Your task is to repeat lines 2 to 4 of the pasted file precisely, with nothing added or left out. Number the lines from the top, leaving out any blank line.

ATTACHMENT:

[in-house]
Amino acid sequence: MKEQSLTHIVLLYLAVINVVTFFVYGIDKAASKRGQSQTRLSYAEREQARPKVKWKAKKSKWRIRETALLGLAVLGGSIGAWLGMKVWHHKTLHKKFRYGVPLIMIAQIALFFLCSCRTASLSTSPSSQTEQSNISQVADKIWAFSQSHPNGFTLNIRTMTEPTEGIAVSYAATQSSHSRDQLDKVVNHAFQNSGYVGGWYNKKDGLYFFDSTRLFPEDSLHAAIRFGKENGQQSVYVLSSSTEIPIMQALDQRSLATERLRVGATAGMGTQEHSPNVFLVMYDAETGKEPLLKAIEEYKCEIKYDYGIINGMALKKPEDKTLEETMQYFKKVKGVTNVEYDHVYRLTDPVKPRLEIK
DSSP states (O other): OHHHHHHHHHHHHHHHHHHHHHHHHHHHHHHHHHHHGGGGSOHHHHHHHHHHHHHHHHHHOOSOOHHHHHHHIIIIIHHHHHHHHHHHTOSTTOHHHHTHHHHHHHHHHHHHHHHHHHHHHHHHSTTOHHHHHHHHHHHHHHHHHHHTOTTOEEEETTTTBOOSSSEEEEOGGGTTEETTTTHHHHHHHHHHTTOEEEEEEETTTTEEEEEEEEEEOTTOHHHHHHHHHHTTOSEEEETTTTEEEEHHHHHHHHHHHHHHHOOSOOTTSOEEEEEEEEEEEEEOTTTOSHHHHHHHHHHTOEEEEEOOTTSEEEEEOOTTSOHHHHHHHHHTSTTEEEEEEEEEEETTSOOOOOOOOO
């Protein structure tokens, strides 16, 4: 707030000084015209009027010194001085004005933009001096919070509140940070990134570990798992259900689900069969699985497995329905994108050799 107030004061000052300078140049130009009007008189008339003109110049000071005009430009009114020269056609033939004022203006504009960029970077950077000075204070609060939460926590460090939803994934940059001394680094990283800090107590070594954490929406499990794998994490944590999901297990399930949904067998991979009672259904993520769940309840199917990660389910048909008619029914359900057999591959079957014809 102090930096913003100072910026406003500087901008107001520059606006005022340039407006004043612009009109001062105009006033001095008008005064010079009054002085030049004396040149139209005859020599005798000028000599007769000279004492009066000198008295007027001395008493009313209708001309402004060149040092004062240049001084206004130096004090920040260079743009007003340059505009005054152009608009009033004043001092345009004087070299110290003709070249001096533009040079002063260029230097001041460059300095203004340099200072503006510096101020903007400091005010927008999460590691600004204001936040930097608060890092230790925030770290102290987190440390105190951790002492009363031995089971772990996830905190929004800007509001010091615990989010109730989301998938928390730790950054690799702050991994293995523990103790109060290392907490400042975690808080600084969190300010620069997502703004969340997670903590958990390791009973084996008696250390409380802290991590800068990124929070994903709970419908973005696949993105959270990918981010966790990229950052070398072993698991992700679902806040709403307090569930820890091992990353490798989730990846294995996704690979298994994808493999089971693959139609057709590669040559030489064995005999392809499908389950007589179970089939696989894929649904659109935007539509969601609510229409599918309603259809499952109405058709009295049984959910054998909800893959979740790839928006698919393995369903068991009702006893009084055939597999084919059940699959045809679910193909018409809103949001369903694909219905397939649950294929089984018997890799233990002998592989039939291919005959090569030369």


Amino acid sequence: MKEQSLTHIVLLYLAVINVVTFFVYGIDKAASKRGQSQTRLSYAEREQARPKVKWKAKKSKWRIRETALLGLAVLGGSIGAWLGMKVWHHKTLHKKFRYGVPLIMIAQIALFFLCSCRTASLSTSPSSQTEQSNISQVADKIWAFSQSHPNGFTLNIRTMTEPTEGIAVSYAATQSSHSRDQLDKVVNHAFQNSGYVGGWYNKKDGLYFFDSTRLFPEDSLHAAIRFGKENGQQSVYVLSSSTEIPIMQALDQRSLATERLRVGATAGMGTQEHSPNVFLVMYDAETGKEPLLKAIEEYKCEIKYDYGIINGMALKKPEDKTLEETMQYFKKVKGVTNVEYDHVYRLTDPVKPRLEIK
DSSP states (O other): OHHHHHHHHHHHHHHHHHHHHHHHHHHHHHHHHHHHGGGGSOHHHHHHHHHHHHHHHHHHOOSOOHHHHHHHIIIIIHHHHHHHHHHHTOSTTOHHHHTHHHHHHHHHHHHHHHHHHHHHHHHHSTTOHHHHHHHHHHHHHHHHHHHTOTTOEEEETTTTBOOSSSEEEEOGGGTTEETTTTHHHHHHHHHHTTOEEEEEEETTTTEEEEEEEEEEOTTOHHHHHHHHHHTTOSEEEETTTTEEEEHHHHHHHHHHHHHHHOOSOOTTSOEEEEEEEEEEEEEOTTTOSHHHHHHHHHHTOEEEEEOOTTSEEEEEOOTTSOHHHHHHHHHTSTTEEEEEEEEEEETTSOOOOOOOOO
């Protein structure tokens, strides 16, 4: 707030000084015209009027010194001085004005933009001096919070509140940070990134570990798992259900689900069969699985497995329905994108050799 107030004061000052300078140049130009009007008189008339003109110049000071005009430009009114020269056609033939004022203006504009960029970077950077000075204070609060939460926590460090939803994934940059001394680094990283800090107590070594954490929406499990794998994490944590999901297990399930949904067998991979009672259904993520769940309840199917990660389910048909008619029914359900057999591959079957014809 102090930096913003100072910026406003500087901008107001520059606006005022340039407006004043612009009109001062105009006033001095008008005064010079009054002085030049004396040149139209005859020599005798000028000599007769000279004492009066000198008295007027001395008493009313209708001309402004060149040092004062240049001084206004130096004090920040260079743009007003340059505009005054152009608009009033004043001092345009004087070299110290003709070249001096533009040079002063260029230097001041460059300095203004340099200072503006510096101020903007400091005010927008999460590691600004204001936040930097608060890092230790925030770290102290987190440390105190951790002492009363031995089971772990996830905190929004800007509001010091615990989010109730989301998938928390730790950054690799702050991994293995523990103790109060290392907490400042975690808080600084969190300010620069997502703004969340997670903590958990390791009973084996008696250390409380802290991590800068990124929070994903709970419908973005696949993105959270990918981010966790990229950052070398072993698991992700679902806040709403307090569930820890091992990353490798989730990846294995996704690979298994994808493999089971693959139609057709590669040559030489064995005999392809499908389950007589179970089939696989894929649904659109935007539509969601609510229409599918309603259809499952109405058709009295049984959910054998909800893959979740790839928006698919393995369903068991009702006893009084055939597999084919059940699959045809679910193909018409809103949001369903694909219905397939649950294929089984018997890799233990002998592989039939291919005959090569030369």